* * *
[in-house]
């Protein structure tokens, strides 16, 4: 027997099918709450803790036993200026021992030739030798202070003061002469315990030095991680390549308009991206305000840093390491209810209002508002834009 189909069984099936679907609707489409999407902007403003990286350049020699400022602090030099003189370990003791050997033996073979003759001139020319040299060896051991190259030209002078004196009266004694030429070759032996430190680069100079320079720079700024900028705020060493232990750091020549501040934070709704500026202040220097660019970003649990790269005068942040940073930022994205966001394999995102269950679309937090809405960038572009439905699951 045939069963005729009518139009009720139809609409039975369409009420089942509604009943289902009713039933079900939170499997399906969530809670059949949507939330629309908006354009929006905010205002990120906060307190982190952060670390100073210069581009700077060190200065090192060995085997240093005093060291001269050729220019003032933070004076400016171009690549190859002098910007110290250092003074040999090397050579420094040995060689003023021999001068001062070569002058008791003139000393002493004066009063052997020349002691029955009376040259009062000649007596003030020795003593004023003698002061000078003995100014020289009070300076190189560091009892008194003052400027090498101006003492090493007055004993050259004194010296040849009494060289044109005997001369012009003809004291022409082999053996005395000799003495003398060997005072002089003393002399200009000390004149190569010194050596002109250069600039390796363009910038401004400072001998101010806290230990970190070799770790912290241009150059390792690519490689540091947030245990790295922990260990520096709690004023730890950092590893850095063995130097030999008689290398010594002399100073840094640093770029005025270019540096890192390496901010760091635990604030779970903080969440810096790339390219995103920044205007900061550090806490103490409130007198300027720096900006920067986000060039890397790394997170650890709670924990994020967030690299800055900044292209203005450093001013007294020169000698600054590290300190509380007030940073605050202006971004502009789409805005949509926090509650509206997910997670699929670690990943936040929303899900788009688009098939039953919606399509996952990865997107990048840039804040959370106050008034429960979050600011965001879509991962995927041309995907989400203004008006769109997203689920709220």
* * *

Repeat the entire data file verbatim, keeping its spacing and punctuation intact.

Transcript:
[in-house]
């Protein structure tokens, strides 16, 4: 027997099918709450803790036993200026021992030739030798202070003061002469315990030095991680390549308009991206305000840093390491209810209002508002834009 189909069984099936679907609707489409999407902007403003990286350049020699400022602090030099003189370990003791050997033996073979003759001139020319040299060896051991190259030209002078004196009266004694030429070759032996430190680069100079320079720079700024900028705020060493232990750091020549501040934070709704500026202040220097660019970003649990790269005068942040940073930022994205966001394999995102269950679309937090809405960038572009439905699951 045939069963005729009518139009009720139809609409039975369409009420089942509604009943289902009713039933079900939170499997399906969530809670059949949507939330629309908006354009929006905010205002990120906060307190982190952060670390100073210069581009700077060190200065090192060995085997240093005093060291001269050729220019003032933070004076400016171009690549190859002098910007110290250092003074040999090397050579420094040995060689003023021999001068001062070569002058008791003139000393002493004066009063052997020349002691029955009376040259009062000649007596003030020795003593004023003698002061000078003995100014020289009070300076190189560091009892008194003052400027090498101006003492090493007055004993050259004194010296040849009494060289044109005997001369012009003809004291022409082999053996005395000799003495003398060997005072002089003393002399200009000390004149190569010194050596002109250069600039390796363009910038401004400072001998101010806290230990970190070799770790912290241009150059390792690519490689540091947030245990790295922990260990520096709690004023730890950092590893850095063995130097030999008689290398010594002399100073840094640093770029005025270019540096890192390496901010760091635990604030779970903080969440810096790339390219995103920044205007900061550090806490103490409130007198300027720096900006920067986000060039890397790394997170650890709670924990994020967030690299800055900044292209203005450093001013007294020169000698600054590290300190509380007030940073605050202006971004502009789409805005949509926090509650509206997910997670699929670690990943936040929303899900788009688009098939039953919606399509996952990865997107990048840039804040959370106050008034429960979050600011965001879509991962995927041309995907989400203004008006769109997203689920709220």